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Following the report from the Climate Change Committee, which the right hon. Member for Ross, Skye and Lochaber mentioned today, and responses to our previous consultation on the subject, “Towards Carbon Capture and Storage”, we have moved forward and are exploring in our current consultation the possibilities of using an EPS to support our aim of reducing emissions from power stations. The consultation document, of which I have copy before me, was launched in June and contains a great deal of discussion about what an EPS might comprise, how it could be applied, and—perhaps the most crucial point in the right hon. Gentleman’s speech—the timing of its introduction.

The Government have the same agenda as all hon. Members who have spoken in the debate, but the point at issue is that, while we greatly support the Bill’s intentions, there are several reasons for being unable to support its further progress at this time. I will go through them in detail later on—the right hon. Gentleman and I have discussed them previously. Let me first emphasise that the wider issues relevant to the Bill, including the development and deployment of carbon capture and storage technologies, without which it would be difficult to achieve any meaningful emissions performance standard, are a priority for the Government.

Reducing our carbon emissions to avoid dangerous climate change is an increasingly urgent challenge. Without urgent action, when a child born today reaches 50, average temperatures worldwide could have increased by up to 2.5° C above pre-industrial levels. Local and seasonal increases in temperature could be significantly higher, and the effects on society and the environment would be dramatic. For example, some 20 to 30 per cent. of plant and animal species could become extinct; food production may start to decline; and a 60 per cent. reduction in glaciers in the northern hemisphere could affect the drinking water supply of a sixth of the world’s population—a billion or so people. “The UK Climate Projections 2009”, published on 18 June, shows the extent of the changes that the UK might face as a result of climate change: warmer, wetter winters and hotter, drier summers, with more drought, heatwaves, flooding and sea level rises.

Tackling climate change is a global challenge and we need co-ordinated global action. A global climate change deal, if it can be won in the negotiations in Copenhagen this year, will affect all our lives and the prospects for generations to come. As I said earlier, my right hon. Friend the Secretary of State for Energy and Climate Change has set out the UK’s position for the global climate change negotiations in “The Road to Copenhagen”.

The overriding goal of the Copenhagen agreement must be to limit climate change to an increase in global average temperature of 2°. That means that the deal needs to establish a credible trajectory for reducing global emissions by at least 50 per cent. on 1990 levels by 2050, and to put in place now the measures to ensure that emissions start to fall in the next decade. We will be working intensively with other countries to resolve the issues and remove the barriers to reaching an effective international agreement at Copenhagen. We are also determined to ensure that the UK’s domestic emissions reduction effort contributes to achieving that global deal.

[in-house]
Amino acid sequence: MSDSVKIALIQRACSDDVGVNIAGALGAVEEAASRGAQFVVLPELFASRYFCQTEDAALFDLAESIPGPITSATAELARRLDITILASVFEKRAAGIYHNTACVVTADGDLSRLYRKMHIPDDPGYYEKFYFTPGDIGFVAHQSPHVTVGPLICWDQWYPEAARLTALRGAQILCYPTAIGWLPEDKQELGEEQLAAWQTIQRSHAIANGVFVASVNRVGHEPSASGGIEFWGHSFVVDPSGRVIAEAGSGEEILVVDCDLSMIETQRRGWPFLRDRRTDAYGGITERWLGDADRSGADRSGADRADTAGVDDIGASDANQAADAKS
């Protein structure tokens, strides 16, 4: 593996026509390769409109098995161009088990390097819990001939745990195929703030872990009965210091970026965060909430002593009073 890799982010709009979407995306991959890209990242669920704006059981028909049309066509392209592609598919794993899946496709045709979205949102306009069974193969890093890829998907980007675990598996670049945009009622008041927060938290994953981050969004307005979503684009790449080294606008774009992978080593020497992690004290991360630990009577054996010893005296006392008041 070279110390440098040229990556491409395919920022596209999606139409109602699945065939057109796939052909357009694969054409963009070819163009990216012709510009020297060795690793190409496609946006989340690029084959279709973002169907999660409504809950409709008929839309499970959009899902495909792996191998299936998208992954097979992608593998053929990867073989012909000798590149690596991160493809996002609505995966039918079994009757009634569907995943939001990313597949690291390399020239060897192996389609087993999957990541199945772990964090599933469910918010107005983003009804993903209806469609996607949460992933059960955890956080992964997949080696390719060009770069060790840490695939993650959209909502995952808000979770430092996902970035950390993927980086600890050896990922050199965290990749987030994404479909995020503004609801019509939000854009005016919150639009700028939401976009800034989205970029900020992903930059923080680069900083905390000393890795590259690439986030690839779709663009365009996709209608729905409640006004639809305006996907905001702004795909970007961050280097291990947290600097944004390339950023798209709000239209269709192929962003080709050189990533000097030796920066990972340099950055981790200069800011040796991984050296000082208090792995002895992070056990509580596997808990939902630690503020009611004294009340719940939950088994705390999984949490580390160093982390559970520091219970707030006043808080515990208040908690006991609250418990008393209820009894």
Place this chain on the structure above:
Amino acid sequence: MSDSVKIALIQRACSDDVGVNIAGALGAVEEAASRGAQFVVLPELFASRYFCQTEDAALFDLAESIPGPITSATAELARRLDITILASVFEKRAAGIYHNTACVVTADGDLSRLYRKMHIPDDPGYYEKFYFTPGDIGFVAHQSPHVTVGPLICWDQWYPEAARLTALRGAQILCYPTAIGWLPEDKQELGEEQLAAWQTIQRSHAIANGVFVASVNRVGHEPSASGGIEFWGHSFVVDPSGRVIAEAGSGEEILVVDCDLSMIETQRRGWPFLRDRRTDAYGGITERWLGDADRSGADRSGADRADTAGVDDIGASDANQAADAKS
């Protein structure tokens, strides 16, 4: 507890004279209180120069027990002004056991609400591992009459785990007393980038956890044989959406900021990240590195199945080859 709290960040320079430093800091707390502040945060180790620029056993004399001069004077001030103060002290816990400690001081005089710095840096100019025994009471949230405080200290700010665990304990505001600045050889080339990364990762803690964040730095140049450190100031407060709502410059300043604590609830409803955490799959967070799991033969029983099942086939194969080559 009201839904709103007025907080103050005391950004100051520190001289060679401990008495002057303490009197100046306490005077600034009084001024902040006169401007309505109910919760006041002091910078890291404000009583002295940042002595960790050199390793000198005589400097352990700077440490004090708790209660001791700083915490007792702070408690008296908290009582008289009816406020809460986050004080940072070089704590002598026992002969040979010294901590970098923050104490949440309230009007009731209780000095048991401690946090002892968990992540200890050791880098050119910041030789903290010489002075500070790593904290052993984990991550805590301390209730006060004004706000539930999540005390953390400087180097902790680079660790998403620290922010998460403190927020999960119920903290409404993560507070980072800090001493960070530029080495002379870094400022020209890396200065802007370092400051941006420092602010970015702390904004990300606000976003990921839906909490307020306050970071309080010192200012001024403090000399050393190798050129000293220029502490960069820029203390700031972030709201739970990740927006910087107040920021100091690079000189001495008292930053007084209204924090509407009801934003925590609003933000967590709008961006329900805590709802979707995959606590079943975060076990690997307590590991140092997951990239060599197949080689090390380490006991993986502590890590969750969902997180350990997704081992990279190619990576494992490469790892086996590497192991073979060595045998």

Through the Climate Change Act 2008, the UK became the first country in the world to introduce legally binding carbon budgets, which commit us to
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carbon savings of 34 per cent. by 2020 and at least 80 per cent. below 1990 levels by 2050, to be achieved through action at home and abroad. The four key measures by which we can meet those ambitious targets will be: first, from 2013, a progressively declining cap on emissions in the power and industrial sectors, through the EU emissions trading scheme; secondly, incentivising low-carbon sources of energy; thirdly, bringing about dramatic improvements in energy efficiency; and fourthly, facilitating a switch in energy demand in the heat and transport sectors to low carbon electricity and renewable fuels. The first two of those measures are of most relevance to today’s debate.

There have been some less than wholehearted endorsements of the EU emissions trading scheme in this debate. The scheme is the first of its kind—and the first of such size, ambition and scope—anywhere in the world. The revised EU ETS directive was agreed last year and will come into effect from 2013. It sets an annually declining trajectory for the cap on emissions to 2020 and beyond, which will deliver emissions 21 per cent. below 2005 levels by 2020 and is consistent with keeping the EU on track to deliver a 60 to 80 per cent. cut in emissions by 2050. The EU ETS cap will also be tightened up to the 30 per cent. greenhouse gas reduction target when the EU ratifies a future international climate agreement—in other words, if we reach a robust agreement at Copenhagen.

David Howarth: This is probably the crux of the issue. The increasing academic consensus among economists is moving against emissions trading, and especially emissions trading as the only measure. The reason is that if what the Minister has said were fully accepted and there were no problems of public choice—that is, of people thinking that the agreements might not be kept to—then the futures price of carbon would be rising, but as we can observe, it is not. The problem that the Government must face is that the facts have changed, and therefore their policy must change.